There’s a thriving platypus family in the middle of the bustling hinterland town of Nambour that is helping to transform the way communities interact with their environment.

The platypuses may be unaware of it, but they are important players in one of the citizen science projects run by ECOllaboration, a Sunshine Coast-based not-for-profit environmental organisation headed by CEO Jacqui Atique, who was the winner of the 2023 Sunshine Coast Business Women’s Network Sustainable Business Woman of the Year award.

Jacqui is not only a leading aquatic ecologist and businesswoman whose team works with government, businesses, and other stakeholders to implement and manage major environmental projects, but she is a passionate environmental advocate who believes that change happens from the ground up.

Enter the platypus family — as well as frog monitoring and mangrove monitoring projects. These are the citizen science programs that make ECOllaboration unique in the environmental management space.

These programs engage local volunteers from within communities to collect data from across various dedicated sites on the Sunshine Coast. The results are analysed and used to measure the health of the ecosystem and the success of ECOllaboration’s ecological restoration efforts.

The community-based programs are just one arm of the company’s work and are funded by commercial natural restoration projects for organisations such as the Sunshine Coast Council and Seqwater.

ECOllaboration’s footprint is spreading across south-east Queensland. A branch has recently opened on the Gold Coast, and the company also works with councils in Brisbane, Logan, the Scenic Rim and the Lockyer Valley, with a 10-year strategic plan to cover the whole of Queensland.

Jacqui’s passion for engaging communities to make meaningful change stems from her belief that “one person can change many”, a motto that has underpinned her career and has driven her to engage with locals, corporations and government departments across the country.

Her positivity about the future of the planet is contagious. Although climate change is at the forefront of her mind, she nevertheless has a firm belief that individuals can actually make a difference.

“The climate really is not in our favour at the moment, but I’m very, very much an optimist,” she tells salt.

“I think people react better to positive messages than they do to those of doom and gloom.

“That [negative] messaging needs to be reversed so people can see that they can actually make a difference and have a positive impact. Things like the platypus are just the best
way to get kids involved, and we have to get that next generation involved.

“You can imagine how excited a child gets, or even an adult for that matter, when they see a platypus up close. It really has an impact on people. So, it’s a great way for us to get people aware of the issues that are in our local waterways when you put the focus on something that is cute and fluffy. Environmental stewardship is the best way to describe it.”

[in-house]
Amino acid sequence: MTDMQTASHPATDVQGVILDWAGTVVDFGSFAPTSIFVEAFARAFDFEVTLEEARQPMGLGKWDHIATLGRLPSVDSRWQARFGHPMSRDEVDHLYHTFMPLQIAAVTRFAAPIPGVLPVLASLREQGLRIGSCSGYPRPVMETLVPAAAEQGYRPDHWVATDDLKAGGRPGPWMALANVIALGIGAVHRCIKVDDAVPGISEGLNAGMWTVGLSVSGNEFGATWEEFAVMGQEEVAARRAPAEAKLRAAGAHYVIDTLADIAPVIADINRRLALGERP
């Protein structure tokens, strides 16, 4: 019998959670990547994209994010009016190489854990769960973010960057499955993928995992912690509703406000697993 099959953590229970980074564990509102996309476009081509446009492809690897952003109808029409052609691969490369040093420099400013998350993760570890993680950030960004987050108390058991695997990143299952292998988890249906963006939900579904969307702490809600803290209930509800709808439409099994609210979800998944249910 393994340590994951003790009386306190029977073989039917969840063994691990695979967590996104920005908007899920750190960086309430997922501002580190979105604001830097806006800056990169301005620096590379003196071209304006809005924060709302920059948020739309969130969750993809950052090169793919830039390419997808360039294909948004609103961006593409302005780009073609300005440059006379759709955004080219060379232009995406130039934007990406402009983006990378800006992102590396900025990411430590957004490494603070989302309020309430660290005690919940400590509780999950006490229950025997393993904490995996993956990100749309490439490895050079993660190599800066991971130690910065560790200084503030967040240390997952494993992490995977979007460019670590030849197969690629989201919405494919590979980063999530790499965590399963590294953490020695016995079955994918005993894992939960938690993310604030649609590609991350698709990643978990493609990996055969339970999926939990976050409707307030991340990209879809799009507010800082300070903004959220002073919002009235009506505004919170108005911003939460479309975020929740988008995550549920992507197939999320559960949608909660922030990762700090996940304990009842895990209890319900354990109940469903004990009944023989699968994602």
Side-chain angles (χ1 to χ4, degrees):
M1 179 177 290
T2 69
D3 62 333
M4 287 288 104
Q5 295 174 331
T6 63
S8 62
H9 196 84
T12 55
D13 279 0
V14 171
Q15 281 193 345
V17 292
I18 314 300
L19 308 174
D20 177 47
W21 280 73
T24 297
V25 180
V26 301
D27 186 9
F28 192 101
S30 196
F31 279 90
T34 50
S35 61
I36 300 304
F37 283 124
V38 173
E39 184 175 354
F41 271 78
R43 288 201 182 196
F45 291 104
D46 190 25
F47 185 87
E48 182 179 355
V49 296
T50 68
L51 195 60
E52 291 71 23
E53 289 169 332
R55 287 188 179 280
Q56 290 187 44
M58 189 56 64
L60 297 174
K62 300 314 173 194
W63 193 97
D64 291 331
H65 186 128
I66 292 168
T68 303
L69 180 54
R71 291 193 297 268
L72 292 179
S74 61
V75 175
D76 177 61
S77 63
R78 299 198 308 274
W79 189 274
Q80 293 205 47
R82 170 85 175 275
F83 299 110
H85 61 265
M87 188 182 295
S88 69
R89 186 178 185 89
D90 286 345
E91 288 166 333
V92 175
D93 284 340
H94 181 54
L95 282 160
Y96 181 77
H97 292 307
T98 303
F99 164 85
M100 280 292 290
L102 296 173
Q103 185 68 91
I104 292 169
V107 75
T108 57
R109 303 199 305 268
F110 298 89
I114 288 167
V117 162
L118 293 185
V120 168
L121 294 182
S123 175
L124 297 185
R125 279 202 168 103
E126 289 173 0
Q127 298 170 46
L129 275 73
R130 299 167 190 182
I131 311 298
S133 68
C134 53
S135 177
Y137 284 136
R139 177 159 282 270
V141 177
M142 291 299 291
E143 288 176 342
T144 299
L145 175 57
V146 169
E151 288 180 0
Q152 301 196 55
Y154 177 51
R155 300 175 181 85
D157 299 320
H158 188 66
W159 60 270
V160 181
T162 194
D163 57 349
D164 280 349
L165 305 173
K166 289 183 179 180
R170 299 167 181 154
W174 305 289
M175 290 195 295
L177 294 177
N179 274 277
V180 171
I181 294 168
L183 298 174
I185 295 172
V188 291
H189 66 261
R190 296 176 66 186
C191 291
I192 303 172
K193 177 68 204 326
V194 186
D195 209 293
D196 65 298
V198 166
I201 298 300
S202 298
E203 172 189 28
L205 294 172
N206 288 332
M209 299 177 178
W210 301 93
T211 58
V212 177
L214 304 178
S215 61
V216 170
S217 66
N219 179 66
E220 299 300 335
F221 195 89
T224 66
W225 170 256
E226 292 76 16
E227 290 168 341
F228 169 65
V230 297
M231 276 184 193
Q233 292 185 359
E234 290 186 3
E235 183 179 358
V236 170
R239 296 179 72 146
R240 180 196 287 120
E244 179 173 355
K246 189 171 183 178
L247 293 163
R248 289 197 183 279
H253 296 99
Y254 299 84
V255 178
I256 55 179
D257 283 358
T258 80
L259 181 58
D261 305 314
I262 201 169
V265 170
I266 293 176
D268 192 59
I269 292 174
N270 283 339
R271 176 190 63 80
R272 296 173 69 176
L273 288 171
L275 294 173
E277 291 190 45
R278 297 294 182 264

Another soon-to-be-launched project Jacqui is spearheading is Carbon Catchments, an offset program that involves planting trees on local land. This is aimed at local businesses that may not be large enough to invest in major schemes and that can see exactly where the trees they are helping to fund are planted.

As hard to believe as it may be, Jacqui has not always worked in the environmental space. Originally from Tasmania, she was working in the travel industry and had her first child, a son, who tragically died when he was just a baby.

It was 20 years ago when this tragedy brought her to the Sunshine Coast for a break. She found herself wandering around Steve Irwin’s Australia Zoo.

“I was just overwhelmed, not by the animals or the displays, but just by messages of conservation and what he was doing as one person to make people think of conservation differently.

“I was working in travel up to that point and hadn’t really found my calling. I thought I wanted to work in travel, but then when I had Lachlan, my first child, my perspective changed.

“Coming to Australia Zoo made me think; I’d been contemplating what my future was, then it just hit me like a ball in the face, and I haven’t looked back.

“I was even enrolled in my Bachelor of Environmental Science before I’d even got on the plane. That was just this epiphany for me.”

As all true callings go, however, Jacqui had to overcome many challenges to reach the point she is at now in her career. Tenacity, it turns out, is one of her strongest attributes.

She completed her science degree and further study in communications, had three more children, moved interstate a couple of times, and worked in several minimum-wage jobs.

She points out that although she is now the CEO of a 100-person organisation, that achievement has not come without dedication and hard work, and seizing opportunities when they arise.

Her advice to others?

“Never give up,” she says.

And it is with that same determination that Jacqui is taking the message about the importance of environmental stewardship across the state.

Meanwhile, in the creeks and waterways of our communities, the platypuses and frogs — along with the myriad of other contributors to the ecosystem — remain under the watchful eyes of a growing number of people who are hearing that message.

“The future for this planet is getting people wanting to protect their own patch, whether that be the creek out the back of their house, the beach in front of their house, the dunes their house sits on, the piece of forest that their house backs onto. Whatever it might be, where they live is what they tend to want to protect,” she says.

“We just literally do that one child at a time, one person at a time, one school at a time, with that vision of continually providing positive messages, and trying to make people think that yes, like Steve [Irwin] did, one person can change many.”